Its history

Brittany has known many stormy periods in its history, but it has been a cherished land since Neolithic and Celtic times. Caesar subjugated the Celts and as Roman rule faded, waves of British immigrants transformed the place. Through medieval and Ancien Régime periods, Brittany and Britain fought bitterly for trade and then colonies until today’s tourist times brought much happier relations.

Picture 1 Its history Picture 2 Its history Picture 3 Its history
  • Alignement de menhirs à Camaret


    Brittany, or the Armorican peninsula, as it was known in antiquity, is famed for its numerous Neolithic monuments. Most of the great burial chambers here predate the Egyptian pyramids by a long time. They consisted of a dolmen, or stone chamber, for the bodies, covered by a tumulus, an earth mound. As to the countless Neolithic menhirs, the standing stones for which the region is celebrated, they remain a riddle even for scholars. 

  • Rayons du soleil dans la forêt de Brocéliande

    Ancient history

    Brittany’s history becomes very hazy in the long gap between the Neolithic period and the arrival of the Romans. In the Iron-Age centuries preceding Caesar’s conquest of Armorica, a strong Celtic culture emerged and even if very little has survived from this shadowy period, the druids, the charismatic priests of the time, have left the deepest imprint on our imaginations.

  • Menhir christianisé de saint Uzec, Plemeur-Bodou (22)

    The birth of Brittany

    During the Dark Ages, wave upon wave of immigrants from Ireland, Wales and southern England profoundly altered the character of the Armorican peninsula, turning it into Brittany, or Little Britain. They spread their own brand of Christianity as well as their exuberant legends and a feisty, independent Brittany was forged in this period.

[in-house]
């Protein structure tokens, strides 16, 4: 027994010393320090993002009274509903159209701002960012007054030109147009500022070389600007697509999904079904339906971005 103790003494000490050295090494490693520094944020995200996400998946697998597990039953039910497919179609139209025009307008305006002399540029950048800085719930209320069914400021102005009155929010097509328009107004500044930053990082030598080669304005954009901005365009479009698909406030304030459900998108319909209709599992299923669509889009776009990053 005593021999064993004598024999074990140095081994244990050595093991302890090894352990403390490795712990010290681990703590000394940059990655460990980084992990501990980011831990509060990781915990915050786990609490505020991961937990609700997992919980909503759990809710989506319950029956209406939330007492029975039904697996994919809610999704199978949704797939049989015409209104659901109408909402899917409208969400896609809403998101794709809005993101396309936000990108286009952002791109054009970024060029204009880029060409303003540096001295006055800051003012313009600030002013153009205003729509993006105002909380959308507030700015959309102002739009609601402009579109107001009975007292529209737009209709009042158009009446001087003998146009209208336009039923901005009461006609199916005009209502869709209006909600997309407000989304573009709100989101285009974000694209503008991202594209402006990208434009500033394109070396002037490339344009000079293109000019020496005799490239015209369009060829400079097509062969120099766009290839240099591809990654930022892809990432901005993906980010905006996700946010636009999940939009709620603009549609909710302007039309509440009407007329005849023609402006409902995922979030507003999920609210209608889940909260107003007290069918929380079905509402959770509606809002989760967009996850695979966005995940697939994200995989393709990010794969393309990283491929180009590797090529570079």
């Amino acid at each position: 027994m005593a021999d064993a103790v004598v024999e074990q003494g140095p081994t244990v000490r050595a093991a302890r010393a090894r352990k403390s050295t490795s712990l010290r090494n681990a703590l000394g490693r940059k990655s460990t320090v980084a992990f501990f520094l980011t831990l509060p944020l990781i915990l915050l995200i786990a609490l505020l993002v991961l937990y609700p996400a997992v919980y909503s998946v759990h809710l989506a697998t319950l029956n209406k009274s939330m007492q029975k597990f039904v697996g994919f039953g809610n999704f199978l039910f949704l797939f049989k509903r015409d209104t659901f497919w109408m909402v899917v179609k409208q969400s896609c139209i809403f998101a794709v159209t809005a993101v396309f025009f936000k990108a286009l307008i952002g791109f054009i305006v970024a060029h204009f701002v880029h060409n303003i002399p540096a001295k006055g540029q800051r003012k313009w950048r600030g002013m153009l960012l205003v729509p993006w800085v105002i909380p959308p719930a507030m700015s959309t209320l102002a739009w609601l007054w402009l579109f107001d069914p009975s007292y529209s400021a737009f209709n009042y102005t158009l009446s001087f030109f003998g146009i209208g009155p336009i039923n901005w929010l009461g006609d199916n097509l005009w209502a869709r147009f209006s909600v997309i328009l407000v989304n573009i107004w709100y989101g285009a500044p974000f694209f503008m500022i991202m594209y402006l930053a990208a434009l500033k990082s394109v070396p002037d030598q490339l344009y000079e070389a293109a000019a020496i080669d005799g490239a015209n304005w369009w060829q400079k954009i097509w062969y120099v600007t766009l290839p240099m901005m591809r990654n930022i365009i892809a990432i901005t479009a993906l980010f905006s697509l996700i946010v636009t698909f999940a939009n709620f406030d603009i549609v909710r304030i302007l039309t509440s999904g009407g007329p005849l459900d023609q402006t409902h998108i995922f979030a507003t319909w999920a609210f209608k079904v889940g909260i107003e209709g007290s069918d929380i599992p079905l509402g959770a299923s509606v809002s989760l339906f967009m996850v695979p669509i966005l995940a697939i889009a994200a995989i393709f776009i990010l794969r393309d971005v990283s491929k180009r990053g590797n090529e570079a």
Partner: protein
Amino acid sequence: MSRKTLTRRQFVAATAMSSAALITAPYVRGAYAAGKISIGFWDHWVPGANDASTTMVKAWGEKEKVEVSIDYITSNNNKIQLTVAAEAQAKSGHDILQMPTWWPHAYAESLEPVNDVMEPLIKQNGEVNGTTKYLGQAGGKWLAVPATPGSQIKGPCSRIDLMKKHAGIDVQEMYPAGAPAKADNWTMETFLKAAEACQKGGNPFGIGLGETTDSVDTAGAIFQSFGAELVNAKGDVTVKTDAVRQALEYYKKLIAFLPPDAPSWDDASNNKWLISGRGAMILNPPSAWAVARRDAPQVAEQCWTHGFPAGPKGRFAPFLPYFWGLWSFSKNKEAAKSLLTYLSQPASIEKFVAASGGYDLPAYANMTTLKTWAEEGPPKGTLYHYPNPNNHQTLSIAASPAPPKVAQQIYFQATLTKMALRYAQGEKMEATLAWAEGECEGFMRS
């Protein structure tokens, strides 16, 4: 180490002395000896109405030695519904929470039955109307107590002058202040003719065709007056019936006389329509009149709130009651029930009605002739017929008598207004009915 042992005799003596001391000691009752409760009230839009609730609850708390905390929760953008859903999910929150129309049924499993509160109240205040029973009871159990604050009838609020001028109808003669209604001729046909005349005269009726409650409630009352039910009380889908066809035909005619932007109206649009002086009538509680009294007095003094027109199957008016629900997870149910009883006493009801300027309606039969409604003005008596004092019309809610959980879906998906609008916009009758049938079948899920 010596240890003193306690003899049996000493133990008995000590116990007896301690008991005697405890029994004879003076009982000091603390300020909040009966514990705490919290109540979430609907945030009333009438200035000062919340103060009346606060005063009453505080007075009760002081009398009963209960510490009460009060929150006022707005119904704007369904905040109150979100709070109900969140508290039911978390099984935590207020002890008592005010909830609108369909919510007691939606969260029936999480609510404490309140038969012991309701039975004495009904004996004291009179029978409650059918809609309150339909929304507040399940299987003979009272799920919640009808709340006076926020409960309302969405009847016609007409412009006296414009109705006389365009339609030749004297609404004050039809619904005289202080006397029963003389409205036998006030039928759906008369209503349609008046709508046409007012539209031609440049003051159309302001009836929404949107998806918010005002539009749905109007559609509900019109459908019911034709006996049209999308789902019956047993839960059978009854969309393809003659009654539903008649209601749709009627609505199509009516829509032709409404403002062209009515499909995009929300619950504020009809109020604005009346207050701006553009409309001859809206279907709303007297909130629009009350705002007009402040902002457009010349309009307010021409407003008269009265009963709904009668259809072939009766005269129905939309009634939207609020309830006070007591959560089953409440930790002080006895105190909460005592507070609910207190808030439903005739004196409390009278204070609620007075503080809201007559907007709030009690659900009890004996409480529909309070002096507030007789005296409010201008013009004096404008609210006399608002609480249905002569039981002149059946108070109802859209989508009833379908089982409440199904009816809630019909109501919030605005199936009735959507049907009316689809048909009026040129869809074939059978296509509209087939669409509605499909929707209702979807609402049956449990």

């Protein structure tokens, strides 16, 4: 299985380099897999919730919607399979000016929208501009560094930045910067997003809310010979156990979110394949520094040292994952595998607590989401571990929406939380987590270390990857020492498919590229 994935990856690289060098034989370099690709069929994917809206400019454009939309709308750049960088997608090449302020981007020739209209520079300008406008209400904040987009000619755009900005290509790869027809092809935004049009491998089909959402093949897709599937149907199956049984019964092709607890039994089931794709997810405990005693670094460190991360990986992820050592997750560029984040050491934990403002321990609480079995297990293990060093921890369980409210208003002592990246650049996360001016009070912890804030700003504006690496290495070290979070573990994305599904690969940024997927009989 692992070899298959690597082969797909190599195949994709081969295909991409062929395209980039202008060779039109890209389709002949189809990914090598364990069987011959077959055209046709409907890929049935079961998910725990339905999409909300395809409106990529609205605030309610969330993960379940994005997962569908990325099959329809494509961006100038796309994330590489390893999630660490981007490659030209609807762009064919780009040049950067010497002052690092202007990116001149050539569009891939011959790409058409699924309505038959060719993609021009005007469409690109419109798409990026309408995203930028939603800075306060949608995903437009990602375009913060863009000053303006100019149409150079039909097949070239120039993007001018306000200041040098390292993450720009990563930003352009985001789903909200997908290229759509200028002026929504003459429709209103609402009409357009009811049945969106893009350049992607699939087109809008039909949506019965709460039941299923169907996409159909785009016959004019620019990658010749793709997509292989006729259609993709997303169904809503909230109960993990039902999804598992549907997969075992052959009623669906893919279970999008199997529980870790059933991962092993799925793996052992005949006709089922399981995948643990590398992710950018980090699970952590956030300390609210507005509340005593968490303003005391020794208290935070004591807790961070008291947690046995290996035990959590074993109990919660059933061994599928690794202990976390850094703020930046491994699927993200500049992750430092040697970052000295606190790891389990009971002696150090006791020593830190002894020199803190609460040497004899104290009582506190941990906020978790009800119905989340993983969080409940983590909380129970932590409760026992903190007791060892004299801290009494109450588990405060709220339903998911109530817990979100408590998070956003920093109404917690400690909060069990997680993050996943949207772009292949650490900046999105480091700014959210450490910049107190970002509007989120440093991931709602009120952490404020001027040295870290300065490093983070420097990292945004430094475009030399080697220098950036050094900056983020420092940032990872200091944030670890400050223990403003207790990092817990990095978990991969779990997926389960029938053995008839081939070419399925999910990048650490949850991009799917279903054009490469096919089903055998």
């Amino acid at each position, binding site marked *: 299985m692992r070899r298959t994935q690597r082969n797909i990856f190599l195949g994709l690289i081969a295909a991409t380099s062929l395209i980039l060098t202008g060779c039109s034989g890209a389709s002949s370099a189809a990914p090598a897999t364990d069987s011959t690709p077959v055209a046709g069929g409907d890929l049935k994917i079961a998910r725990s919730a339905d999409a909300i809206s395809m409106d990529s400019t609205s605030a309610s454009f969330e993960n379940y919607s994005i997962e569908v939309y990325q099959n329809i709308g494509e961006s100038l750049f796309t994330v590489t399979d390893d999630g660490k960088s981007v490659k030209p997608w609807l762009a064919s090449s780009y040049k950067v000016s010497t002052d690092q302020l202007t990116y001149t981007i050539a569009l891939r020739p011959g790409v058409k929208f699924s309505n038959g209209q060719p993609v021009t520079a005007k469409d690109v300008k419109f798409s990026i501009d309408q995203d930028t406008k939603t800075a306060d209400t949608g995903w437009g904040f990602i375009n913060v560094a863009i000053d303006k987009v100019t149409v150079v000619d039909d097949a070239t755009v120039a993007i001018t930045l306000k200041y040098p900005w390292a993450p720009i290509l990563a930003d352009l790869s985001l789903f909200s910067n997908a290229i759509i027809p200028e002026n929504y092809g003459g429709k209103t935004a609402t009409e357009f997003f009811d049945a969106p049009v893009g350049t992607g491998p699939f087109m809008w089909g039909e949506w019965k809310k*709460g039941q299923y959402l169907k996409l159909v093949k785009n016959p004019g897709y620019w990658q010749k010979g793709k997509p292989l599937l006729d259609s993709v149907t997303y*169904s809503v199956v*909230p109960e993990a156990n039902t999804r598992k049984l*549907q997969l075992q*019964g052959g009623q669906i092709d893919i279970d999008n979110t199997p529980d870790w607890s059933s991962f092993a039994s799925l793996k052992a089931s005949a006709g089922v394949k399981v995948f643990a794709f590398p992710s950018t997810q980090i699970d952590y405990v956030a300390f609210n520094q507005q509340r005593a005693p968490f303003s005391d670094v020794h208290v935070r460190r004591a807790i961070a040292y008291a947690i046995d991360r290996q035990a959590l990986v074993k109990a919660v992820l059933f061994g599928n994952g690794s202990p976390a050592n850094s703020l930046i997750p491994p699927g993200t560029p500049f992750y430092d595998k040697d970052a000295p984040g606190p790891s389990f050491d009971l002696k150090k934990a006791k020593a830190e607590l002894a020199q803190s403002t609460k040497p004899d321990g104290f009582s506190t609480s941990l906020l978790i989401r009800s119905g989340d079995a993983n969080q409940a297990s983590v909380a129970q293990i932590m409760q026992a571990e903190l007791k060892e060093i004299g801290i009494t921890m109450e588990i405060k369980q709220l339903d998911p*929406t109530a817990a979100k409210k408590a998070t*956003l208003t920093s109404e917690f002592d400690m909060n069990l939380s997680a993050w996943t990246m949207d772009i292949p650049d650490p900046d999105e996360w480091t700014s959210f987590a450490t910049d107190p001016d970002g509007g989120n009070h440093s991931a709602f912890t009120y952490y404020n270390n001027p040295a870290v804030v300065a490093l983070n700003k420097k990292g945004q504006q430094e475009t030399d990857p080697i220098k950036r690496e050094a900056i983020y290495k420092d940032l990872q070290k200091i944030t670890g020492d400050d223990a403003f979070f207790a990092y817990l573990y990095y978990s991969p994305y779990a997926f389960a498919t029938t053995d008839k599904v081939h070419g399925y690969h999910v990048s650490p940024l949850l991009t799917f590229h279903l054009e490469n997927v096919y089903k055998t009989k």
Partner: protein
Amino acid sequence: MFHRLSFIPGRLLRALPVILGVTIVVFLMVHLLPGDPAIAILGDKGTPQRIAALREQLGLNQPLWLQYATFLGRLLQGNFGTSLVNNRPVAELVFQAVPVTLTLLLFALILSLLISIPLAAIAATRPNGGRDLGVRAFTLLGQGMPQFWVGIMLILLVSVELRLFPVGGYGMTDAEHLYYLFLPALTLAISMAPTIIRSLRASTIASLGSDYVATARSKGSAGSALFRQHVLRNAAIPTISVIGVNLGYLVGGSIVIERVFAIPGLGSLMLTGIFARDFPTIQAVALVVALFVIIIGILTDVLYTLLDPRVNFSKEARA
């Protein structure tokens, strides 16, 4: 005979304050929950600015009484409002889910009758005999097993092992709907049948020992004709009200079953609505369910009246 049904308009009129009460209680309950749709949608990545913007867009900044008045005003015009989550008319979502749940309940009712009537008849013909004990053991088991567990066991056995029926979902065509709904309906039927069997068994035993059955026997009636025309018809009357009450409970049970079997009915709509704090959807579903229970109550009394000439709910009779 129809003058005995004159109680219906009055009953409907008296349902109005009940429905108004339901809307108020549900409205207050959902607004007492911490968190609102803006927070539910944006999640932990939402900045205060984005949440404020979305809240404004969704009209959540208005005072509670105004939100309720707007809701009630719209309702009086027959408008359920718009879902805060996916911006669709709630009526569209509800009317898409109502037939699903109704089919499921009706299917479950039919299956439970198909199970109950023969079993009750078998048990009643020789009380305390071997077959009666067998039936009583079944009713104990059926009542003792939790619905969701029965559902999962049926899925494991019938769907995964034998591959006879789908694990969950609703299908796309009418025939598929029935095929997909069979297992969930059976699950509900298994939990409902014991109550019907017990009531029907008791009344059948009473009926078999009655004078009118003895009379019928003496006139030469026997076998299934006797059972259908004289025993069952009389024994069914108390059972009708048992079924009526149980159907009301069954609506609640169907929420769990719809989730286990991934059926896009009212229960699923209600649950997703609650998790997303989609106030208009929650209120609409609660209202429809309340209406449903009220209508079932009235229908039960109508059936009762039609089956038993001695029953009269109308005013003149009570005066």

• Citadelle de Concarneau (29)

    The Middle Ages

    After the Breton kingdom came the Breton duchy. First harassed by Vikings, the region’s leaders then had to contend with powerful neighbours and niggling infighting. A bitter Breton civil war broke out in the 14th century. Forts sprang up through the period, and towns were protected behind strong walls, while mighty new Gothic cathedrals arose in the cities.

  • Château de Josselin (56)

    The Renaissance

    Major changes occurred in Brittany as the 15th century turned into the 16th, and Gothic styles gave way to the Renaissance. The feisty duchy lost its independence to the French crown while Breton traders led the way in international commerce and organised vast fishing expeditions to Newfoundland. As to Jacques Cartier, he ‘discovered’ Canada.

  • Château de Pontivy (56)

    Before & after the Revolution

    In the 17th and 18th centuries, the French monarchy imposed its iron will on Brittany. Colonial trade expanded hugely from here, but vicious competition with Holland and England led to war. Many Bretons enlisted on merchant and naval vessels, but early protests at exploitation heralded the Revolution. That said, in deeply conservative Brittany, radical change wasn’t happily embraced.

  • Pêche en mer

    Modern Times

    As the 19th century rolled on, Breton industry developed but Brittany’s poor suffered. French relations with Britain radically improved, however. While British visitors came peaceably to enjoy Brittany’s delights, the Germans spread the terrible effects of war this far west. Between the appalling conflicts, tourism brought glimmers of light and then emerged triumphant.

  • Links between Brittany & Great Britain

    Brittany has especially long, strong connections with the British Isles. Well before the Romans arrived, trading across the Channel thrived and while after mass Dark Ages immigration, things turned sour as merchants, corsairs and armies battled with each other across the Channel, matters could be quite different behind the scene at court. Then along came tourism to bring mutual benefit and joy.

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